Flooding could be worse if fixes weren’t in place
BEMIDJI, Minn. – Minnesota is about as waterlogged as it’s ever been, but flooding could be much worse. Record rainfalls have not caused devastating flooding in some of the places traditionally most at risk.
Money poured into flood prevention over the past decade and half has changed the way Minnesota floods, according to Minnesota Department of Natural Resources Capital Investment Director Kent Lokkesmoe.
In 1997, the Red and Minnesota rivers flooded beyond anything most people had seen before. DNR records show the majority of the state’s counties were declared federal disaster areas that year, but the flood of 1997 gave the hardest hit Minnesota cities, like Moorhead and East Grand Forks, a special reputation for flooding.
Over the years, those reputations were born out by more floods, but this year many cities known for their frequent floods are actually staying relatively dry despite record high water. Lokkesmoe said that’s because the same flood that gave places like Fargo-Moorhead, Crookston, Granite Falls and Montevideo their soggy reputations also started a stream of government mitigation dollars.
Since 1997, Lokkesmoe said, about $700 million from federal, state and municipal coffers shored up flood-prone communities across Minnesota.
“The communities that had the most repetitive losses,” he said, “that were at the most risk, that’s where we put the focus.”
The cash was funneled through Minnesota’s Flood Hazard Mitigation Program, building miles of levee and buying out a total of 3,200 flood-prone homes. A big chunk of that money, roughly $105 million, according to Lokkesmoe, went to Moorhead to build levees and buy out 250 homes, but many smaller communities also got assistance.
All the work carried a big price tag, but Lokkesmoe estimates each dollar spent on mitigation will save the state $4 over the long term.
This year, he said, the state is seeing a return on investment.
“The levees are working,” he said.
That’s not to say the whole state is safe from flooding. Lake homes along Rainy Lake near International Falls are barricaded with sandbag dikes against persistent flood waters. Prior Lake residents, south of the Twin Cities, are also dealing with flooding.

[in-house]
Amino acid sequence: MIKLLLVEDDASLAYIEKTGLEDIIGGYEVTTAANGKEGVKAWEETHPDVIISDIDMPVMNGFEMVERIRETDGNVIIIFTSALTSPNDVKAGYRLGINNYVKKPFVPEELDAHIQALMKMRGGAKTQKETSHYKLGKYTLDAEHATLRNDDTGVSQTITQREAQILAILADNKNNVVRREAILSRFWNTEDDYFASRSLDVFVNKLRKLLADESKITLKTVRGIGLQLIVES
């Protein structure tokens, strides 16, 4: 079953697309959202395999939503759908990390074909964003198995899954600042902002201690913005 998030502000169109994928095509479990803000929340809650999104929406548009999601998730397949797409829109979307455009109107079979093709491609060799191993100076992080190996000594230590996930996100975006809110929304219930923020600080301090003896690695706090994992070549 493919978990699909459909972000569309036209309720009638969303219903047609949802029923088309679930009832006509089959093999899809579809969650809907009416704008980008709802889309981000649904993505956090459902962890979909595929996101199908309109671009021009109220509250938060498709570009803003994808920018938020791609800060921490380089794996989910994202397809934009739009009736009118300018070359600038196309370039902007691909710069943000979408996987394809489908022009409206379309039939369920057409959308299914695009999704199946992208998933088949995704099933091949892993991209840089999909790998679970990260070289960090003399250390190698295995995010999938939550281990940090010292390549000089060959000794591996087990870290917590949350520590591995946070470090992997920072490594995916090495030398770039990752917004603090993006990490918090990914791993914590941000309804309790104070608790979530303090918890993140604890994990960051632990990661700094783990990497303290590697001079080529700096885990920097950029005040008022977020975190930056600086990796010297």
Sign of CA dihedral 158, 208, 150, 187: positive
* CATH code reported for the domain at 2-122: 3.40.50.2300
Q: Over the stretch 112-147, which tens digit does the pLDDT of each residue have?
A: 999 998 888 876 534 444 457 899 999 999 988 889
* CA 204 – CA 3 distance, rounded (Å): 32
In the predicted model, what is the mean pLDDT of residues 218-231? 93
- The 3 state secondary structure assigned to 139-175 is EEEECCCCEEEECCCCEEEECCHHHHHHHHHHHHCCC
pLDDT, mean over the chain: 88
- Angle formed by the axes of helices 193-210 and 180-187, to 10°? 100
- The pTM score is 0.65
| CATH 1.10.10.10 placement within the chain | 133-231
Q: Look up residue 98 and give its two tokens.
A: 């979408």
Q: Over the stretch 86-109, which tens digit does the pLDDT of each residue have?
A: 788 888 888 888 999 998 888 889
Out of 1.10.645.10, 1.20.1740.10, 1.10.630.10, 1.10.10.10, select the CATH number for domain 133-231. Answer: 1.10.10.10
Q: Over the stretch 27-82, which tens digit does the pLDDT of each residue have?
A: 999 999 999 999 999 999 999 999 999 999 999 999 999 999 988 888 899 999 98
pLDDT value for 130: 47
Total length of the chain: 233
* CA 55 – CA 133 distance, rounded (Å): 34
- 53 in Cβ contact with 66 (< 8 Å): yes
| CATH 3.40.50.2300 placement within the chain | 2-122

This week, Federal Emergency Management Agency officials are touring the state making flood damage estimates. So far, more than $14 million in damage has been reported.
In general, Lokkesmoe said the places flooding the worst right now aren’t generally flood prone, or are too rural to justify the construction of multimillion-dollar flooding safeguards.
Many places known for their floods just aren’t flooding anymore.
Crookston, a city of nearly 8,000 on the Red Lake River, 25 miles east of Grand Forks, had a big problem in 1997. As the river rose to its highest recorded level, crews sandbagged continuously for six weeks.
Public Works Director Pat Kelly led those crews. Nearly 20 years later, he’s still got the job and remembers the experience vividly.
“We had to clear snow before we started sandbagging, and we didn’t stop sandbagging until the crest in April,” he said.
The city didn’t lose many homes, but Kelly described a sort of communitywide “enough with all the sandbagging” attitude in the wake of ’97. He said residents even support a local $50 to $300 annual per-home flood protection tax.
Last year, the city finished the last of several levee structures stretching seven miles along the river and costing a grand total of $40 million.
That price includes 30 homes that were bought out and demolished. This year, the Red Lake River is one of just a few in the state that’s not actually too high. If it were, Kelly said there wouldn’t be a problem.
Today, a 1997 flood would require only an afternoon of selective sandbagging. The city wouldn’t even call for volunteers. Not counting the increased property values and improved safety, Kelly said the reprieve from sandbagging was worth $40 million.
Far to the south, Montevideo’s population of roughly 5,000 is also fortified by levees. In all, City Manager Steve Jones said 2.5 miles of levee runs along sections of the Minnesota and Chippewa rivers. If not for those levees, mostly built in response to 1997 flooding, Jones said the city would be in big trouble.
“If the levees were gone, we’d have a third of the town underwater.” he said.
Over the past decade and a half, a lot of money was spent to prevent flooding in Montevideo – a combined $25 million by Jones’ best estimates. That was used to replace much of a crumbling temporary levee system constructed in the 1960s. More than 120 homes were also bought out over that period of time.
With current water levels making Montevideo’s top 10 list, Jones said all those homes would be flooded right now. As it is, a few city workers are keeping an eye on things, but everything is OK thanks to some forward-thinking flood mitigation.